Protozoa of significance in food
Fruits and vegetables can become contaminated with free living Protozoa through contact direct with soil, irrigation water, air, rain, insects, and during industrial produce‐washing.
Amoebae have been recovered from mushrooms and vegetables such as carrots, cauliflower, lettuce, radishes, scallions, spinach, and tomatoes.
Flagellates were found on spinach, Romaine lettuce, and butterhead lettuce.
Ciliates were recovered from mushroom surfaces.
The number of Protozoa on leafy vegetables can be high, with flagellates being more abundant than amoebae and ciliates.
Washing or rinsing lettuce leaves followed by spin‐drying in a household salad spinner reduced the protozoan number only by a maximum 1 log unit (90%).
Protozoa have also been recovered from ready‐to‐eat lettuce, which suggests that they are able to survive mild treatments such as industrial washing.
The following table summarises research conducted over many years into the various species of Protozoa found on particular vegetables – this can be useful when undertaking a HACCP hazard analysis.
|Lettuce, scallions, radishes||Amoebae||A. rhysodes, A. palestinensis, Naegleria gruberi||Ciurea‐Van Saanen (1981)|
|Mushrooms (Agaricus bisporus)||Amoebae||Acanthamoeba spp., Hartmannella spp., Vannella spp.||Napolitano (1982)|
|Ciliates||Colpoda sp., holotrichs, hypotrichs|
|Oak leaf lettuce, Boston lettuce||Amoebae||Acanthamoeba spp., Hartmannella spp.||Napolitano and Colletti‐Eggolt (1984)|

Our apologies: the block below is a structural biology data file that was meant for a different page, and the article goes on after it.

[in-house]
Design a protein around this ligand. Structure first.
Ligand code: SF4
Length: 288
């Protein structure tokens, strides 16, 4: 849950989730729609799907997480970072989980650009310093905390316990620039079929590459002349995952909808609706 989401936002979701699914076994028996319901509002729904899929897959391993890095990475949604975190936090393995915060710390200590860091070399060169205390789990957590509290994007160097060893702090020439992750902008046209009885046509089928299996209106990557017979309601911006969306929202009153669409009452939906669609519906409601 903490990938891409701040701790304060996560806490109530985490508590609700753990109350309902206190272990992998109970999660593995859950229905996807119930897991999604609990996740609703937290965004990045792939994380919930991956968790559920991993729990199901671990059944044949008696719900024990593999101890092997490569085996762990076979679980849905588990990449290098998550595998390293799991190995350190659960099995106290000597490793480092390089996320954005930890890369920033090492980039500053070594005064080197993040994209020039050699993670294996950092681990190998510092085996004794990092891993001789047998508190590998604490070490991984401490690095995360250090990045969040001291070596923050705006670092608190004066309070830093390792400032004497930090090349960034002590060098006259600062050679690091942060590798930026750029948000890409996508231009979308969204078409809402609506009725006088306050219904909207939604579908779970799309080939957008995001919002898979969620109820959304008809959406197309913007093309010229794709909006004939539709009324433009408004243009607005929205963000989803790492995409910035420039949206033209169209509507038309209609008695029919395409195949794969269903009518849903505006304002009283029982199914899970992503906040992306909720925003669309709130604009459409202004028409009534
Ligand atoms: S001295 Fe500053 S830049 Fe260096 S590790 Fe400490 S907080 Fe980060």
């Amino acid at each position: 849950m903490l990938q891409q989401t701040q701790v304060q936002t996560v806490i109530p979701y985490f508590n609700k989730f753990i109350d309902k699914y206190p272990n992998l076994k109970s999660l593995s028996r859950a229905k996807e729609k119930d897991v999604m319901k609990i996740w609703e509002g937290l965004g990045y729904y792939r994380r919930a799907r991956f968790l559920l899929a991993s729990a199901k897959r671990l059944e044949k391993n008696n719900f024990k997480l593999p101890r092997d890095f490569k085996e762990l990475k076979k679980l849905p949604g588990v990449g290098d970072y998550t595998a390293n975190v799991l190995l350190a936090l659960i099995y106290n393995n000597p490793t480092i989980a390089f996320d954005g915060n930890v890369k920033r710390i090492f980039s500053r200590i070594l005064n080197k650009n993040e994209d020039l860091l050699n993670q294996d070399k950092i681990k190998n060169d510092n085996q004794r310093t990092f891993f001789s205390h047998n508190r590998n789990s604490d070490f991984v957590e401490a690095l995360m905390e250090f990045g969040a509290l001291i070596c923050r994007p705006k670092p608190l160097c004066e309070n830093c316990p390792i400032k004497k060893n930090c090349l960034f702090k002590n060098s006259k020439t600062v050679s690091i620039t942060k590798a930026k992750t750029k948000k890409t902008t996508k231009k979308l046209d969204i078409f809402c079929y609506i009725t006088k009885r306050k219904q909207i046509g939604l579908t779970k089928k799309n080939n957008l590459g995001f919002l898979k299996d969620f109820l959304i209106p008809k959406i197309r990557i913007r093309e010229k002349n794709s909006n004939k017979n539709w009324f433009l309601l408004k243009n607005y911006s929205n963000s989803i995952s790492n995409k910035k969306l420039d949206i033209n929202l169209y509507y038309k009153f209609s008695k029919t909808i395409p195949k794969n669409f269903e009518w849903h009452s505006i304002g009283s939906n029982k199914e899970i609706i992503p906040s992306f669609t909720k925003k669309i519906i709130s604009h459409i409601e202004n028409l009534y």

|Carrots, radishes, tomatoes, mushrooms, cauliflowers, spinach||Amoebae||A. polyphaga, A. rhysodes, A. castellanii||Rude and others (1984)|
|Carrots||Amoebae||A. culbertsoni, A. rhysodes, H. vermiformis||Sharma and others (2004)|
|Romaine lettuce||Amoebae||A. palestinensis||Gourabathini and others (2008)|
|Butterhead lettuce||Amoebae||Cochliopodium sp., Mayorella vespertiloides, Ripella platyopodia, Ripella platyopodia, Vannella simplex, H. vermiformis, Saccamoeba sp., Vahlkampfia sp.||Vaerewijck and others (2011)|
|Flagellates||Goniomonas truncata, Bodo saltans, Bodo sp., Cercomonas spp., Notosolenus sp., Peranema trichophorum, Petalomonas sp., Rhynchomonas nasuta, Allantion tachyploon, Spumella spp.|
|Ciliates||Aspidisca lynceus, Cinetochilum margaritaceum, Chilodonella uncinata, C. steinii, Colpoda sp., Cyclidium glaucoma, Glaucoma scintillans, Glaucoma sp., Paramecium putrinium, Platyophrya sp., Tachysoma pellionellum, Trachelophyllum sp., Vorticella convallaria complex, Vorticella sp.|
|Ready‐to‐eat lettuce (butterhead lettuce)||Flagellates||Bodo saltans, Cercomonas spp., Spumella cylindrica, Spumella‐like flagellates||Vaerewijck and others (2011)|
The prevalence of Protozoa in meat and fish has not been established through research: however, it is reasonable to accept that if good hygiene practices are not followed, there can be cross contamination during processing.
The most significant Protozoa for causing illness in humans are Giardia and Cryptospiridia. Both can cause significant illness, especially in children.